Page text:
Using Interactors in Rails


Often when working with Rails we hear about fatty controllers and skinny models. We also come across complex user interactions where we need to perform tasks sequentially on particular user action.

There are various ways to solve the above problems using service objects, form objects, policy objects, etc.

One such way to refactor code is to use Interactor gem.

We need to add the interactor gem in our Gemfile and execute bundle install

gem "interactor"

Interactors

class AddNumbers
  include Interactor

  def call
    context.sum = context.a + context.b
  end
end

# calling the above interactor
result = AddNumbers.call(a: 1, b: 2)

puts result.failure?
=> false

puts result.sum
=> 3

As seen in the above example

  • We created a small class AddNumbers and included Interactor in the class.

  • We passed two arguments to call method a and b. They can be accessed inside the interactor using the context object as context.a and context.b.

  • We also set the sum inside the context using context.sum = context.a + context.b.

  • Basically context contains everything the interactor needs to do its work.

  • AddNumbers.call(a: 1, b: 2) returns a context object and we can check if the above code executed successfully or not by checking result.failure?

  • We can check the sum by executing result.sum

  • If something goes wrong in the interactor we can flag the context as failed by context.fail! and also set the error message as context.fail!(error: "Error message"). Above example can be modified as

class AddNumbers
  include Interactor

  def call
    context.sum = context.a + context.b
  rescue => e
    context.fail!(error: e.message)
  end
end

result = AddNumbers.call(a: 1, b: "abcd")

puts result.failure?
=> true

puts result.error
=> String can't be coerced into Integer

The interactor also provides before, around and after hooks. We can think of them to be similar to before_action, around_action and after_action used in controllers.

To avoid rescue in the above example we can add a before hook to check if the numbers are integer or not and fail the context accordingly. We can initialize sum to 0 as shown below.

class AddNumbers
  include Interactor

  before do
    context.fail!(error: "Should pass integers") unless a.is_a?(Integer) && b.is_a?(Integer)
  end

  before do
    context.sum = 0
  end

  def call
    context.sum = context.a + context.b
  end
end

The above interactor is a single-purpose unit interactor. A complex system might involve multiple interactors which need to be called in a sequence.

Organizers

To execute a sequence of interactors we can use organizers provided by this gem. Imagine a situation where we need to pull data of users from different social media accounts and import it into our database.

The basic steps we might follow to import the users will be:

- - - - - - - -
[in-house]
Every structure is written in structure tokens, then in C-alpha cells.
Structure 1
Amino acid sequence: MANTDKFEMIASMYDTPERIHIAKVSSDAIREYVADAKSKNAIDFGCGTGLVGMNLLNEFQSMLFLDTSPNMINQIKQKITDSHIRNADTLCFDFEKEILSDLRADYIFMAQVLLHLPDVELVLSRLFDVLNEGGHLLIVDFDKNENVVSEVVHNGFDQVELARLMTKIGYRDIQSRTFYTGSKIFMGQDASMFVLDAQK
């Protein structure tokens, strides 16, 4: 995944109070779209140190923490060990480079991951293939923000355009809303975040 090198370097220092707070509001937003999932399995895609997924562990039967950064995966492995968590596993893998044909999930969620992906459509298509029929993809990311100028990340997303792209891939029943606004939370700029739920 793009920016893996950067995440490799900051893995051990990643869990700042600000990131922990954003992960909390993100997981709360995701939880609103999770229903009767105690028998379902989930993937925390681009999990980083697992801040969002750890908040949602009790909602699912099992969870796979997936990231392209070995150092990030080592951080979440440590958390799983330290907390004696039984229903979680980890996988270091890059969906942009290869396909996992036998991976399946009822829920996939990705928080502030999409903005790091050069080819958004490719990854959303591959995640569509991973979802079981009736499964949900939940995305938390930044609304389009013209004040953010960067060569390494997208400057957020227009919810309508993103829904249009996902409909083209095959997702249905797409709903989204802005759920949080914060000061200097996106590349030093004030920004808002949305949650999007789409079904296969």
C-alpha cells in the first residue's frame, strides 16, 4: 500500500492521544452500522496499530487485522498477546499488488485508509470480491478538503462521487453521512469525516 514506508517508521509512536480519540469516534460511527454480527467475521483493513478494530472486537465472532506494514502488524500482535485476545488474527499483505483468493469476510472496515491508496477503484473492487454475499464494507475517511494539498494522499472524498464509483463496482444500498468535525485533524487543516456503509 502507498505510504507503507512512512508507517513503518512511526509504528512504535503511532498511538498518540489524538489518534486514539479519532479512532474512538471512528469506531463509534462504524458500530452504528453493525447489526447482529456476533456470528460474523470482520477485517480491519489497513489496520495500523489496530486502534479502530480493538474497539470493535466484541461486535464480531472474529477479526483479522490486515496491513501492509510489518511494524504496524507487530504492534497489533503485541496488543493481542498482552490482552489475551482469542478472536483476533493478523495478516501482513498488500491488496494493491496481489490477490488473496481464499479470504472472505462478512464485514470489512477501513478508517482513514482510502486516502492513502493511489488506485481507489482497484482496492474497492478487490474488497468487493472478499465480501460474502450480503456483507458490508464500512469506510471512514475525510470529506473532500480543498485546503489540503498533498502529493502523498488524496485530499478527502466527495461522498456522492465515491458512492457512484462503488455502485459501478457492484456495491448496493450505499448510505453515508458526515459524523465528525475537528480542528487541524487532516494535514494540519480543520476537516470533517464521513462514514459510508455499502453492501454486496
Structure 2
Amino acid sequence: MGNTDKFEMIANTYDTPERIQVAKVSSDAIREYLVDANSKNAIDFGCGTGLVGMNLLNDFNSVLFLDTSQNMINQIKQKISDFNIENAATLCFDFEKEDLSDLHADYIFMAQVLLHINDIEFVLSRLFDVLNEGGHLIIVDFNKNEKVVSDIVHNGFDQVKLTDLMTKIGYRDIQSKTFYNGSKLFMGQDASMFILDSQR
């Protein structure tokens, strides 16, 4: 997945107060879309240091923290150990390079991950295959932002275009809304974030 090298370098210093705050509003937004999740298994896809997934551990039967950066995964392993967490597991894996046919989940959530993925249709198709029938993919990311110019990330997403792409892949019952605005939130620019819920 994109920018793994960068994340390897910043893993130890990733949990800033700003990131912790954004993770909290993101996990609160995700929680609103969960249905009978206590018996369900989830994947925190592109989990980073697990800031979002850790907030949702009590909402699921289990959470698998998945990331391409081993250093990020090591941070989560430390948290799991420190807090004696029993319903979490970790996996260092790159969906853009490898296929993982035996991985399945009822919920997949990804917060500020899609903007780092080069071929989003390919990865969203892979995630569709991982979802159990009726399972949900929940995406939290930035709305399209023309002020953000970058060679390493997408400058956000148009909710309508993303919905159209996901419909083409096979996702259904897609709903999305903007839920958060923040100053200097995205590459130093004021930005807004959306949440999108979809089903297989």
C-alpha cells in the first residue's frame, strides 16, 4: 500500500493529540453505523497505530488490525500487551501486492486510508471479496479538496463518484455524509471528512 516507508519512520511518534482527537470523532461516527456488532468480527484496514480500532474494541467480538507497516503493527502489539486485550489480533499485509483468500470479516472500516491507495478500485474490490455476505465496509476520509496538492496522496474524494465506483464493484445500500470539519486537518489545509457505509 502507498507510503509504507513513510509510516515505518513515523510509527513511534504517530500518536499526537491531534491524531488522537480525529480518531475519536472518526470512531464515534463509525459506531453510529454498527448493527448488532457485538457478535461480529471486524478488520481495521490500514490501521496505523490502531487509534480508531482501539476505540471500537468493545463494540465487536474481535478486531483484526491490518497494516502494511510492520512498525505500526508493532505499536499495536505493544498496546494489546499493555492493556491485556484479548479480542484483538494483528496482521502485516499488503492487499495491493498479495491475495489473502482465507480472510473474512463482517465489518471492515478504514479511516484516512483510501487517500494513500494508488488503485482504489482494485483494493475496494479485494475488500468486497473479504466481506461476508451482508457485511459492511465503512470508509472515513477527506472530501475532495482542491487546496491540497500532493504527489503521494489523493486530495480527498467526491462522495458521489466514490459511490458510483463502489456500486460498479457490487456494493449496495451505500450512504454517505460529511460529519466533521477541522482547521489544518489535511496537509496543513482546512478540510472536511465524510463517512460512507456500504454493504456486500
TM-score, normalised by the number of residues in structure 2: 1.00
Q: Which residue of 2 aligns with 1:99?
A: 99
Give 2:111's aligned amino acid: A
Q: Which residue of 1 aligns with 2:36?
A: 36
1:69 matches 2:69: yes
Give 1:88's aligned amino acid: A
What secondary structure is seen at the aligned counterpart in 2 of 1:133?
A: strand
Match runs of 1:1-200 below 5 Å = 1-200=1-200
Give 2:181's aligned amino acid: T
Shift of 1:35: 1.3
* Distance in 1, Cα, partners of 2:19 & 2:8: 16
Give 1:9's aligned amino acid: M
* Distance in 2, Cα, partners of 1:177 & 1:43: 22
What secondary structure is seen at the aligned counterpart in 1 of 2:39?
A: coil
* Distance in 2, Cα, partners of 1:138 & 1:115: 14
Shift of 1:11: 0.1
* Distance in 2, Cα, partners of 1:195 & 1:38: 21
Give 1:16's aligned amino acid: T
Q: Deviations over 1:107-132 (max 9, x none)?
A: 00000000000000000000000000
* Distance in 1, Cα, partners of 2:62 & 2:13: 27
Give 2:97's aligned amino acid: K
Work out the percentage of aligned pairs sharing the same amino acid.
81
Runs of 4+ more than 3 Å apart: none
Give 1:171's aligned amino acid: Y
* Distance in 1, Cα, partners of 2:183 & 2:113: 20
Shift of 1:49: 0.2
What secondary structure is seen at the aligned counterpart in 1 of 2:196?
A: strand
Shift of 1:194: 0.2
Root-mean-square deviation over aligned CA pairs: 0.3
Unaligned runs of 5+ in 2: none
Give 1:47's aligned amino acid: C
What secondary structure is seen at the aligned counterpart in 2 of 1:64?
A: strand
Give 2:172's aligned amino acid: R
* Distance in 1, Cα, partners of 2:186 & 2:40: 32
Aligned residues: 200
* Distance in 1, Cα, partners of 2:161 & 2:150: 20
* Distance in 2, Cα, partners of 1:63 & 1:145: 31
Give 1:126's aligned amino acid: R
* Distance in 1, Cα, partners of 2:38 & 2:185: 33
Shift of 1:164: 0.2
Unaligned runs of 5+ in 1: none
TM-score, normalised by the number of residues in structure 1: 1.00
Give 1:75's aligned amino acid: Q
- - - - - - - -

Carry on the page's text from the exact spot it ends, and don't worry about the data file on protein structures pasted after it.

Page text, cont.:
• Fetch data from the social media account.
  • Convert data into standard format which can be imported to our system.
  • Import data into our system.

Each of the above steps can be seen as a single unit and we can create interactors for each step. The above steps can be grouped in an organizer as below:

class ImportSocialMediaUsers
  include Interactor::Organizer

  organize FetchUsers, ConvertUsersDataIntoStandardFormat, ImportUsers
end

class FetchUsers < BaseInteractor
  def call
    context.raw_users_data = context.client.fetch_users
  end
end

class ConvertUsersDataIntoStandardFormat < BaseInteractor
  def call
    context.standard_users_data = context.client.format_users_data
  end
end

class ImportUsers < BaseInteractor
  def call
    # code to import users
  end
end

class BaseInteractor
  include Interactor
end

We have created three interactors inside ImportSocialMediaUsers organizers. The three interactors will be called one after another in a sequence.

If any interactor fails then next interactors are not called and the respective error is returned.

So to check if the flow was executed successfully we can use #success? or #failure? method as below

result = ImportSocialMediaUsers.call(client: Facebook.new)

if result.success?
  puts "All users imported successfully"
else
  puts "Error when importing users :: #{result.error}"
end

As per the above example, we observe Facebook.new is passed as a client to the organizer ImportSocialMediaUsers.

So our Facebook class will look like this

class Facebook
  def initialize
    # Facebook client id and client secret
  end

  def fetch_users
    # API call to fetch users
  end

  def format_users_data
    # Code which maps and converts Facebook user details to our
    # standard user details.
  end
end

If we decide to integrate Twitter, and import users from Twitter we just need to implement the Twitter class and pass its instance to the ImportSocialMediaUsers organizer as below:

class Twitter
  def initialize
    # Twitter client id and client secret
  end

  def fetch_users
    # API call to fetch users
  end

  def format_users_data
    # Code which maps and converts Twitter user details to our
    # standard user details.
  end
end

result = ImportSocialMediaUsers.call(client: Twitter.new)

The interactor and organizers help to refactor the code into smaller single units making them easily testable and reusable.